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Health Impacts of Moving Freight In and Out of the Ports of Long Beach and Los Angeles

  • Author(s): Lee, Gunwoo
  • You, Soyoung (Iris)
  • Sangkapichai, Mana
  • Ritchie, Stephen G.
  • Saphores, Jean-Daniel
  • Ogunseitan, Oladele
  • Ayala, Roberto
  • Jayakrishnan, R.
  • Torres, Rodolfo
  • et al.
Abstract

The San Pedro Bay Port (SPBP) of Los Angeles and Long Beach is the largest container port in the U.S. Although the benefits of handling and hauling freight are enjoyed by the nation as a whole, the traffic congestion and air pollution created by the port falls mostly on the people who live and work nearby and along connecting freight corridors. These corridors include two busy freeways, the I-710 and the I-110, and an active rail link, the Alameda corridor.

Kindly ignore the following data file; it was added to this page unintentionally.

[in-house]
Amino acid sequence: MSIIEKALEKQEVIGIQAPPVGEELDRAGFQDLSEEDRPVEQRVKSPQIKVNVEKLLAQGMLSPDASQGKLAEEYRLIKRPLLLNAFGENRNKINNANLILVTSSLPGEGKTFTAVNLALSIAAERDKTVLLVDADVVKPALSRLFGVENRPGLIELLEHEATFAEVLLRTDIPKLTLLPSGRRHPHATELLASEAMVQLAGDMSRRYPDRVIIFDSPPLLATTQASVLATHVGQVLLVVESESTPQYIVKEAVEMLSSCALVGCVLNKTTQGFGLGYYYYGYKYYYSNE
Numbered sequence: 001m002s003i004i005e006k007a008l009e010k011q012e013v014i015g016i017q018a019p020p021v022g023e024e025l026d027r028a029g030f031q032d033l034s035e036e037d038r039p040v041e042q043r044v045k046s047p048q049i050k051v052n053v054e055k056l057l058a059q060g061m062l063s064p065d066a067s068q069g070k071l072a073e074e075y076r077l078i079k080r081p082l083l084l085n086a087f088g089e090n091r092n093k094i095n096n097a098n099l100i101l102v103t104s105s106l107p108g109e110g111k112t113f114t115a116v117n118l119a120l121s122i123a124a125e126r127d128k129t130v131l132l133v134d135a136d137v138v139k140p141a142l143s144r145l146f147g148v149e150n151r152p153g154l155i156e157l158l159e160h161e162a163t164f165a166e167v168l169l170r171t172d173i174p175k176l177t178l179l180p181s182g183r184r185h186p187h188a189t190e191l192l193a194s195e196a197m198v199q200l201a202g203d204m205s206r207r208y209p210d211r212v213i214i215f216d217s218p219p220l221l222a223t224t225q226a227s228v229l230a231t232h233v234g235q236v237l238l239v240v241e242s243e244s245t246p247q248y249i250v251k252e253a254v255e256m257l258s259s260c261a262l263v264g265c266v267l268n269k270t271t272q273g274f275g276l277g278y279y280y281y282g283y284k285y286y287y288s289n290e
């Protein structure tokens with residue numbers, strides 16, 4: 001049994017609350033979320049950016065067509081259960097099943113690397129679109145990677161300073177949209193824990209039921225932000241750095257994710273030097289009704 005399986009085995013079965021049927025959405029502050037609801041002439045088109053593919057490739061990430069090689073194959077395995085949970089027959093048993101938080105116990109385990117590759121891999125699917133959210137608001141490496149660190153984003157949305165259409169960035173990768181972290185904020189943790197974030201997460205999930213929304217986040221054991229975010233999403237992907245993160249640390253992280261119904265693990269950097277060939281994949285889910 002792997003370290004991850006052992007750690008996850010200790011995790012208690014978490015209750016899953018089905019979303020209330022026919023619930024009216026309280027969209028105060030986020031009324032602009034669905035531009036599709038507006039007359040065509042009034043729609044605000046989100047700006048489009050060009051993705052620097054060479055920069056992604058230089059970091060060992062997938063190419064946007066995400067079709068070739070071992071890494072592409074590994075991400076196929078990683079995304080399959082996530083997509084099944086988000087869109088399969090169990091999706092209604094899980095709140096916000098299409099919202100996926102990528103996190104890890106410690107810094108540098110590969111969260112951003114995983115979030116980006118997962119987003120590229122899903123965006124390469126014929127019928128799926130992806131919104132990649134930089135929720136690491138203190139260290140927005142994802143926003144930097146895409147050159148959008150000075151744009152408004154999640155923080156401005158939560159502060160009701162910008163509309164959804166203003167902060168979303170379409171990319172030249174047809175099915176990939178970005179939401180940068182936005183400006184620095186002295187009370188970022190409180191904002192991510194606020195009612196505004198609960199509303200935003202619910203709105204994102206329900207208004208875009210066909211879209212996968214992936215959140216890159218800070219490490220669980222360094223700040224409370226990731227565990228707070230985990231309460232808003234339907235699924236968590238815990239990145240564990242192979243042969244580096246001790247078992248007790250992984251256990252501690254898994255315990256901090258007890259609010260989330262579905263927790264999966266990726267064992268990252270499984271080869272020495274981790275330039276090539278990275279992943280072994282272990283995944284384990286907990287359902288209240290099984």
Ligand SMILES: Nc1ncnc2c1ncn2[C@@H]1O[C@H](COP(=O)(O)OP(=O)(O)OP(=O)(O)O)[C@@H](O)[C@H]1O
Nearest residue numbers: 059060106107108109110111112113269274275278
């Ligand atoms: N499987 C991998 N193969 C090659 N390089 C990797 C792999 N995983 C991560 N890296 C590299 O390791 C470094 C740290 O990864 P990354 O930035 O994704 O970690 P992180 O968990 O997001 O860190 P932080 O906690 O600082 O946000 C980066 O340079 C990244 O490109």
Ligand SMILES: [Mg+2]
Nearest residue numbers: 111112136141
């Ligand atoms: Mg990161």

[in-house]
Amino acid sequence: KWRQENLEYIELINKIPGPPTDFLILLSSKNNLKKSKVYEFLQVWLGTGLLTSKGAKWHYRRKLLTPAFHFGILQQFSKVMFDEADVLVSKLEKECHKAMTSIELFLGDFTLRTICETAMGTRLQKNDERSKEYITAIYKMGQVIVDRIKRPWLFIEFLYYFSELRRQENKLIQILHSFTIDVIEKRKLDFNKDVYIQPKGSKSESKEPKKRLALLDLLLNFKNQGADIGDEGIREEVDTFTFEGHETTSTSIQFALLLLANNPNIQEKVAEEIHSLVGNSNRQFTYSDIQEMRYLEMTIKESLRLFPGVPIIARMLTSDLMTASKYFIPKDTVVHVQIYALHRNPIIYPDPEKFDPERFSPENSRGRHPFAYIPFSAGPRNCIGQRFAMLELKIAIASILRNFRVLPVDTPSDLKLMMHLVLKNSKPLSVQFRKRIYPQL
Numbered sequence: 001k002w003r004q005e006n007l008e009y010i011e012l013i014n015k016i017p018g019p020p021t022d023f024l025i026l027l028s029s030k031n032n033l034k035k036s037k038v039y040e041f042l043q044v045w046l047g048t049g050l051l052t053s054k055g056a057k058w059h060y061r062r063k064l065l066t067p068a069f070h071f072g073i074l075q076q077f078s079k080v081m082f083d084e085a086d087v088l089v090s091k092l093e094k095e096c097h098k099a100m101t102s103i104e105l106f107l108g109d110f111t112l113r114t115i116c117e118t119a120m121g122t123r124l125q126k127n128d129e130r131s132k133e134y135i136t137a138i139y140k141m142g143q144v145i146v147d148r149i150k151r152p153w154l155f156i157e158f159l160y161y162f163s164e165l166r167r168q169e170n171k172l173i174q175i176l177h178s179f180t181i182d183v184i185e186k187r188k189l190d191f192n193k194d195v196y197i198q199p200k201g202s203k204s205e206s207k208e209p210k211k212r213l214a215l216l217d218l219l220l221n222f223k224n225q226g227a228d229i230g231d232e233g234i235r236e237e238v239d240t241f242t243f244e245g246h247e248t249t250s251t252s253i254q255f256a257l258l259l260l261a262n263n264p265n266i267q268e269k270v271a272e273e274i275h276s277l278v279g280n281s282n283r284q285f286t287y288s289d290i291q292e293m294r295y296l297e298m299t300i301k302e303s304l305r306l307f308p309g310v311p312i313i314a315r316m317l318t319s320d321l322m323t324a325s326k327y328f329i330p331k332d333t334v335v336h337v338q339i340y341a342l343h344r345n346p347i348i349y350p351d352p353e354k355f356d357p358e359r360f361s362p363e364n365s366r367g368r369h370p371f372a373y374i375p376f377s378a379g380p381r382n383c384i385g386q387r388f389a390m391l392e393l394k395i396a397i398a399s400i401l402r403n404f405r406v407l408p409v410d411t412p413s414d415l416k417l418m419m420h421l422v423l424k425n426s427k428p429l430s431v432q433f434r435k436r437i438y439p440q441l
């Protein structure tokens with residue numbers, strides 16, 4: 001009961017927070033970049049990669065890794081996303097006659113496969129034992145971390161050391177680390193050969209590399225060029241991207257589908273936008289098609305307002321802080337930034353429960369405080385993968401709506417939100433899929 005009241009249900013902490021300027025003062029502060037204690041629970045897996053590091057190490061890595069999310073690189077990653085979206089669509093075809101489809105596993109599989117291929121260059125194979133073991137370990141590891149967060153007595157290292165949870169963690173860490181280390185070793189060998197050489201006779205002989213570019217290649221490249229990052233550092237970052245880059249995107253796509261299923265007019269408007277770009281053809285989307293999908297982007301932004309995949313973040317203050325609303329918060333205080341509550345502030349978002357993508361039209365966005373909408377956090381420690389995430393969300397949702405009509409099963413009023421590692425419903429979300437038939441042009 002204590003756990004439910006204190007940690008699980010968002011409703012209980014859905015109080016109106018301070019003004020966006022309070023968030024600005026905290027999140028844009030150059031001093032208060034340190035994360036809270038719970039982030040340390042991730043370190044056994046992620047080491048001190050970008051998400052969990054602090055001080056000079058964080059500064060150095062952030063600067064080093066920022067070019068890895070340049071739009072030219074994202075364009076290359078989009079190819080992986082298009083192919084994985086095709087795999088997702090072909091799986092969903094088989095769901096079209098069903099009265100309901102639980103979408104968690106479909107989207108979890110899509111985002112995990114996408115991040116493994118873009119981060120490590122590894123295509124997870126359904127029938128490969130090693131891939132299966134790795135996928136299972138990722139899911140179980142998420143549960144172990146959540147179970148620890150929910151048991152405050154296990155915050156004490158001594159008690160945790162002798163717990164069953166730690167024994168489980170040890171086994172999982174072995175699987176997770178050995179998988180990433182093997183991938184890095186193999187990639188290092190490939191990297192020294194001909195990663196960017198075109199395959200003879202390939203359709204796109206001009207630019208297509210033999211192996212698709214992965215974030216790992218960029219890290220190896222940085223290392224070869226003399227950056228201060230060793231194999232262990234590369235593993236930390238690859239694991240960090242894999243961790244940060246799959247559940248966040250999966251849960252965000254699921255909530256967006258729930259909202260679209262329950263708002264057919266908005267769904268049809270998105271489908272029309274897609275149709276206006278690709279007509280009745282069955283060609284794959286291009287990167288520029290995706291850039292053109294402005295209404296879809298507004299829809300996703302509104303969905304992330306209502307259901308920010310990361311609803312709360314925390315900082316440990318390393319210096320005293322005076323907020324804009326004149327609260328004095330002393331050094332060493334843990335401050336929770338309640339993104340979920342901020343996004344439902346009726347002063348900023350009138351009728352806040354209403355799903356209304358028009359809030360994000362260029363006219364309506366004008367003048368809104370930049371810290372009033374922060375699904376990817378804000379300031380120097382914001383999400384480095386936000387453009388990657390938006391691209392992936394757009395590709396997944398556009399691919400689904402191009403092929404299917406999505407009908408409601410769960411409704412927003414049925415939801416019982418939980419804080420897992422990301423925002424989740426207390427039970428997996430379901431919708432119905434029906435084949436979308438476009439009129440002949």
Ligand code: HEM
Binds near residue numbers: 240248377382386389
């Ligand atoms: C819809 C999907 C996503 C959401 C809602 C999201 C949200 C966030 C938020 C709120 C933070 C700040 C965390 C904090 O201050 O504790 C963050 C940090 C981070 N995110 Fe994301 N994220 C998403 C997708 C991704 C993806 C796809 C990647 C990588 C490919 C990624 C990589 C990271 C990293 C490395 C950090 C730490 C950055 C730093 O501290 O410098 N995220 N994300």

This research studied the environmental and health impacts of freight operations between the SPBP and downtown Los Angeles, some 22 miles to the north. In our analysis of health impacts, we focused on nitrogen oxide (NOX), a contributor to the formation of photo-chemical smog, and fine-grain particulates (PM10), which can lodge in peoples’ lungs with repeated exposure. We combined estimates of air pollutants from the I-710 and I-110 freeways, line-haul rail lines, and rail yards and looked at them for summer and winter. Four models were linked together to assess impacts: a microscopic traffic simulation model (TransModeler), which describes vehicle behavior; an emissions model (EMFAC 2007), which estimates the impacts of congestion on air pollution; a pollutant dispersion model (CALPUFF), which calculates how emissions move in a region’s atmosphere; and a health impact model (BenMAP), which calculates various pollutants’ effects on health using the incidence of various pollution-related illnesses.

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